What provoked this situation? In the 1990s, with the population of WW II veterans shrinking, the VA opened eligibility for health care to more veterans. Between 1997 and 2001, the number of veterans using VA health care services jumped 40 percent, to 3.7 million. The wars in Afghanistan and Iraq only added to those numbers.

Then the economy declined in 2008. This increased the stress on VA resources since many veterans lost their private health insurance and began using the VA as a backup system. “Whenever the economy tanks, more people come to the VA,” Foote says. “People would come in and say, ‘This is the first time I’ve used my benefits because I was on my wife’s insurance’ or ‘I had my own insurance and I lost my job.’ ”

Between 2002 and 2012, the number of VA health care enrollees increased nationwide by a third to 9 million. Outpatient visits to VA facilities nearly doubled to 83 million per year. In the last three years alone, primary care visits increased 50 percent, but the number of primary care providers grew only by 9 percent. Naturally, the result was even longer waiting times.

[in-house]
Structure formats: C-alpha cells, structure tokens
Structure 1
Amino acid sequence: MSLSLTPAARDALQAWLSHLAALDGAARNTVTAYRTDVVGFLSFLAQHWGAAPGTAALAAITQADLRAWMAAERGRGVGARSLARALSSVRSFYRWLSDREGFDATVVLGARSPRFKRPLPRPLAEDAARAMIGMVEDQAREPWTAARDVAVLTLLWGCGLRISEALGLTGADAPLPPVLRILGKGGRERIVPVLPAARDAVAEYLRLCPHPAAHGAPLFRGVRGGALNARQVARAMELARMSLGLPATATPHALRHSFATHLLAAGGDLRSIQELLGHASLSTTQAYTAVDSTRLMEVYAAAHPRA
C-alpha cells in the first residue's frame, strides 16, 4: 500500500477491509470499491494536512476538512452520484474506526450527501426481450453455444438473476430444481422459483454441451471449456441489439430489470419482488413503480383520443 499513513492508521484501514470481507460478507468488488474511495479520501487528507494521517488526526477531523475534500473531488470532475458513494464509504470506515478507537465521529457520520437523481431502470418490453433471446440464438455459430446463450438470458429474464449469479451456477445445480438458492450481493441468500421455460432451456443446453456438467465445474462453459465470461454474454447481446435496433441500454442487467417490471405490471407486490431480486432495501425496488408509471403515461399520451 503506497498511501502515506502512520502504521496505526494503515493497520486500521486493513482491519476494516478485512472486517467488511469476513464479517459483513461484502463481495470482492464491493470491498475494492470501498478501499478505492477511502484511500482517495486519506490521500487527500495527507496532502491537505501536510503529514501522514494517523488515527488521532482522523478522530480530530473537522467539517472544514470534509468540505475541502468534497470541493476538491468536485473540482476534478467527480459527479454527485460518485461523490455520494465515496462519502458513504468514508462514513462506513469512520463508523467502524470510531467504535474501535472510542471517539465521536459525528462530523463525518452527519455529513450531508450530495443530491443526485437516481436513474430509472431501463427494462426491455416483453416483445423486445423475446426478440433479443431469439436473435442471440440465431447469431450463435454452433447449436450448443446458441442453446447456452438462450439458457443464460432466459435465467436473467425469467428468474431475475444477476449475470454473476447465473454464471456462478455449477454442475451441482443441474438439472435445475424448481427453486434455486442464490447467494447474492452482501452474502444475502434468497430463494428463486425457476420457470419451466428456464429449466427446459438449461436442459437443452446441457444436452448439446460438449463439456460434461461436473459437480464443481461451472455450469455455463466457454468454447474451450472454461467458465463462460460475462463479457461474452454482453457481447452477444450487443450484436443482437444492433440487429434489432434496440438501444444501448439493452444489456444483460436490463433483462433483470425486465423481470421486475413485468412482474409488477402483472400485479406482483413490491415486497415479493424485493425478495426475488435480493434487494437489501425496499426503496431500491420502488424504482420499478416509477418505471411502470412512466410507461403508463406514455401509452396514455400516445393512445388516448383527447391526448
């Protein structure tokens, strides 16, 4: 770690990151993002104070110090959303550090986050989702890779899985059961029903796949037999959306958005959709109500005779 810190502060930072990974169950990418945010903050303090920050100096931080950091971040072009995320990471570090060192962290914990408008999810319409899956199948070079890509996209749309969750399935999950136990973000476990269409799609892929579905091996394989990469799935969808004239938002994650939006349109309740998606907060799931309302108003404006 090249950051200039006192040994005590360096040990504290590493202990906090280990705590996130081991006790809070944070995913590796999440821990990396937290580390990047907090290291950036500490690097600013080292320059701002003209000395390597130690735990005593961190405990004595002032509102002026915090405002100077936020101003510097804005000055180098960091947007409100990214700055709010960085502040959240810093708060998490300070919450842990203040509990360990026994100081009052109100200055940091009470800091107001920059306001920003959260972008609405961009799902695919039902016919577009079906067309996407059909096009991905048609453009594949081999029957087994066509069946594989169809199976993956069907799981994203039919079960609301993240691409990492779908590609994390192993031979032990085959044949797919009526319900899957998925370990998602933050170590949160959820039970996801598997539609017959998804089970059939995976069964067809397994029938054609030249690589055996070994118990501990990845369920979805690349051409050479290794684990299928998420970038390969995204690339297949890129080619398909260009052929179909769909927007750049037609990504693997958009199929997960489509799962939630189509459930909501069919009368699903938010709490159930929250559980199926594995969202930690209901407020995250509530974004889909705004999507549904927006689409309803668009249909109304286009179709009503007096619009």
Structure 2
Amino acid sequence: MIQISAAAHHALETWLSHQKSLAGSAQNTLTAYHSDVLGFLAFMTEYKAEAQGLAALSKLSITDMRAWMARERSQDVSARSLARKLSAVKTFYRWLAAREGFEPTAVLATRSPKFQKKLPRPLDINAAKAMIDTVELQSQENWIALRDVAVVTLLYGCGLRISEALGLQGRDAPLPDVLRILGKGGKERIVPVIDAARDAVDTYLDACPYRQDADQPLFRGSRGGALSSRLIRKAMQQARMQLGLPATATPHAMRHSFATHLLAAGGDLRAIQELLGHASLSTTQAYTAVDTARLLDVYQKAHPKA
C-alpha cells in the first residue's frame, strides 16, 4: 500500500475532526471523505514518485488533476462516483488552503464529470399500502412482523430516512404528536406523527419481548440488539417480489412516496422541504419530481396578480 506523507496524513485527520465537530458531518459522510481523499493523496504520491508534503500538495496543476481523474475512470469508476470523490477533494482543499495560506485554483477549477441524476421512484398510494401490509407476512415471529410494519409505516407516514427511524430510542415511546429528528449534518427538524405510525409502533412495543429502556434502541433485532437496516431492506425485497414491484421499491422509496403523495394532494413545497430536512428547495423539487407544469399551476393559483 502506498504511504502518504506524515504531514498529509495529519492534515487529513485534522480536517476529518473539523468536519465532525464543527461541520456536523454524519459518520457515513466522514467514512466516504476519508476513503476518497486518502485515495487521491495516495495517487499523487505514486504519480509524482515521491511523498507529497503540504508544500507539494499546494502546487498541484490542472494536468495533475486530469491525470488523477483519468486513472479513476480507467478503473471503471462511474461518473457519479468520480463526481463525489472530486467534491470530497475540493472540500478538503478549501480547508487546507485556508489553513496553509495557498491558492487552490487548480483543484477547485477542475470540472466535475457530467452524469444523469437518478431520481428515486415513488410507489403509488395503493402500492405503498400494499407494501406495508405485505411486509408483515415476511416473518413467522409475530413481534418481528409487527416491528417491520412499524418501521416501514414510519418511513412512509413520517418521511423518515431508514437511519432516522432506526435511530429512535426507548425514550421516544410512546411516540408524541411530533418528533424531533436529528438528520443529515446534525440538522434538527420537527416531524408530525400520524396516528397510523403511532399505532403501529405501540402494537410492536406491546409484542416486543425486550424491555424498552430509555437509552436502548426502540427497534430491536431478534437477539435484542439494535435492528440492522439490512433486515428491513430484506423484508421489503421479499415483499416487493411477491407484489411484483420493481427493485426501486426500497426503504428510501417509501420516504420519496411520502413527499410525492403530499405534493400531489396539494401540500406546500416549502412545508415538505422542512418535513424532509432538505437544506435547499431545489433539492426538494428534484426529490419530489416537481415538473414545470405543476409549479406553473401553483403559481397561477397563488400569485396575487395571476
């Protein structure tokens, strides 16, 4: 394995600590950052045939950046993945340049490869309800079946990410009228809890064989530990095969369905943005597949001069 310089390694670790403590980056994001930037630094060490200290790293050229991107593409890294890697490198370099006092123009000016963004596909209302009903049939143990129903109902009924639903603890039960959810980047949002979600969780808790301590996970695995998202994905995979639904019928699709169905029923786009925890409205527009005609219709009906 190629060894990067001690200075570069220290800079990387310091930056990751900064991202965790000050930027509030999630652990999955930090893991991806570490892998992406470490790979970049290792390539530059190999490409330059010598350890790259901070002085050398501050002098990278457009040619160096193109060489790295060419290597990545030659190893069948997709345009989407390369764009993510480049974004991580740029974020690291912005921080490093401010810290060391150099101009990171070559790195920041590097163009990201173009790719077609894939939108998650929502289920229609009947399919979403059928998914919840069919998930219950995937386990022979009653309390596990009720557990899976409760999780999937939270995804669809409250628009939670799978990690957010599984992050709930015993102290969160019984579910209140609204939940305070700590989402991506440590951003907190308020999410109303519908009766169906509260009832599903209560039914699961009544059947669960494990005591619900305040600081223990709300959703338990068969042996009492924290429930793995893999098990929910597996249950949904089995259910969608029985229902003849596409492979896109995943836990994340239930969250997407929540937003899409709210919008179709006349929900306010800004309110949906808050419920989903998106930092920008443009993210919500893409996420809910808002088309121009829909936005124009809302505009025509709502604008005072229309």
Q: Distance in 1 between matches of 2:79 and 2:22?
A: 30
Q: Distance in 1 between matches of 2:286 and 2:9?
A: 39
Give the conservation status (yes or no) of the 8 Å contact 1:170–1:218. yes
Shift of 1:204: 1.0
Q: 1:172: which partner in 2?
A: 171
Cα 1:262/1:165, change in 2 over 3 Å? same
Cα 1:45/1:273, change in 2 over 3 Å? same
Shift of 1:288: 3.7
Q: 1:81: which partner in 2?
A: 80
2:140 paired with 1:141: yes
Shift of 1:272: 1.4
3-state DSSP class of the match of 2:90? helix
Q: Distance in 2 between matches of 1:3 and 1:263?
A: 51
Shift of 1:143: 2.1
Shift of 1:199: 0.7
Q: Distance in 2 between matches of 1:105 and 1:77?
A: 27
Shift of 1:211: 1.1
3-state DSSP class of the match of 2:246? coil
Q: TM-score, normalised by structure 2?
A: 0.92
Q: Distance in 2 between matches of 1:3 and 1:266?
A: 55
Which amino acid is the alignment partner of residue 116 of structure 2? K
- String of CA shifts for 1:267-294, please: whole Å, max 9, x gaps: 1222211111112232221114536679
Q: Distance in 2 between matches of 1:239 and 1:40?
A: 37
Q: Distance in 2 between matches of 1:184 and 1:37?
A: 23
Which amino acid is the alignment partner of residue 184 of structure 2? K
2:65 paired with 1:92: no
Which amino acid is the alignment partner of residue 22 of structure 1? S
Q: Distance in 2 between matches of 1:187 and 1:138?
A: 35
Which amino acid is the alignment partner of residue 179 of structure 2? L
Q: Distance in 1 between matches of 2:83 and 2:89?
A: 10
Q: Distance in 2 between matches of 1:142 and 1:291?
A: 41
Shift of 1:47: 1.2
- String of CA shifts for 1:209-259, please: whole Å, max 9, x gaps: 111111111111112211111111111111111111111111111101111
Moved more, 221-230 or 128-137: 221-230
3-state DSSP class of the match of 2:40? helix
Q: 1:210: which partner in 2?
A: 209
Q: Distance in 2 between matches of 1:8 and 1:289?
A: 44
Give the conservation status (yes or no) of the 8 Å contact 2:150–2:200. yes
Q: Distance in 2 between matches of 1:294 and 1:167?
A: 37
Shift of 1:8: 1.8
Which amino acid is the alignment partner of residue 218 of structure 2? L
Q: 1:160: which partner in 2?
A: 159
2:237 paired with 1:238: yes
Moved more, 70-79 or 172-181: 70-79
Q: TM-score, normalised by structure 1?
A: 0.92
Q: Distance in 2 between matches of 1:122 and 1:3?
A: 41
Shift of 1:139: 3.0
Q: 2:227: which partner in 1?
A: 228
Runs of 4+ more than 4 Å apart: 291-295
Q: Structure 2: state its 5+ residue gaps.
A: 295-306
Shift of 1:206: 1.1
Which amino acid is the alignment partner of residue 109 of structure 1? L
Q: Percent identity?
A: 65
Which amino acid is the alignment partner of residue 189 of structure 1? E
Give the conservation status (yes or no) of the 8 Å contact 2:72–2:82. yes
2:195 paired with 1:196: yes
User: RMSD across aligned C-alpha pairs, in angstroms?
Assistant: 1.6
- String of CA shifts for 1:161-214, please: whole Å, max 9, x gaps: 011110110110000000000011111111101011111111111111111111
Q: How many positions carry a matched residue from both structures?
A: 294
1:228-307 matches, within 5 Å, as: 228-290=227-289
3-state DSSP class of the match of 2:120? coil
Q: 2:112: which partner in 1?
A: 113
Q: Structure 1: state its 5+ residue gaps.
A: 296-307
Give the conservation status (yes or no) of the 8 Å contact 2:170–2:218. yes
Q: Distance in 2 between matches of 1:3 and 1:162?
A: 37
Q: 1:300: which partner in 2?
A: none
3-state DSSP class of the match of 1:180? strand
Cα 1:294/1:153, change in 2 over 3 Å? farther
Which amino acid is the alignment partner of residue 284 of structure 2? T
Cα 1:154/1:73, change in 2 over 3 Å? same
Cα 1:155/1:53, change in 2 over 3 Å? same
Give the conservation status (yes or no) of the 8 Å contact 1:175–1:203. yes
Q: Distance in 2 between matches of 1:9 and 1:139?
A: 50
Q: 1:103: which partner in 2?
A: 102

Foote tells of a meeting in 2012 to discuss strategies for handling the crisis of increasing demand for services. He recalls the only answer discussed: “But they came up with one: Fake the numbers. Simple. That was the solution.”

 

The Inspector General Report

The problem of long waiting times was nothing new to the Inspector General. He had issued 18 reports since 2005 documenting delays in care nationwide. In 2011 the VA had set a goal that patients should be seen within 14 days of requesting an appointment. Knowing they could not meet this expectation, Phoenix VA, and many other facilities, found ways to fudge the numbers.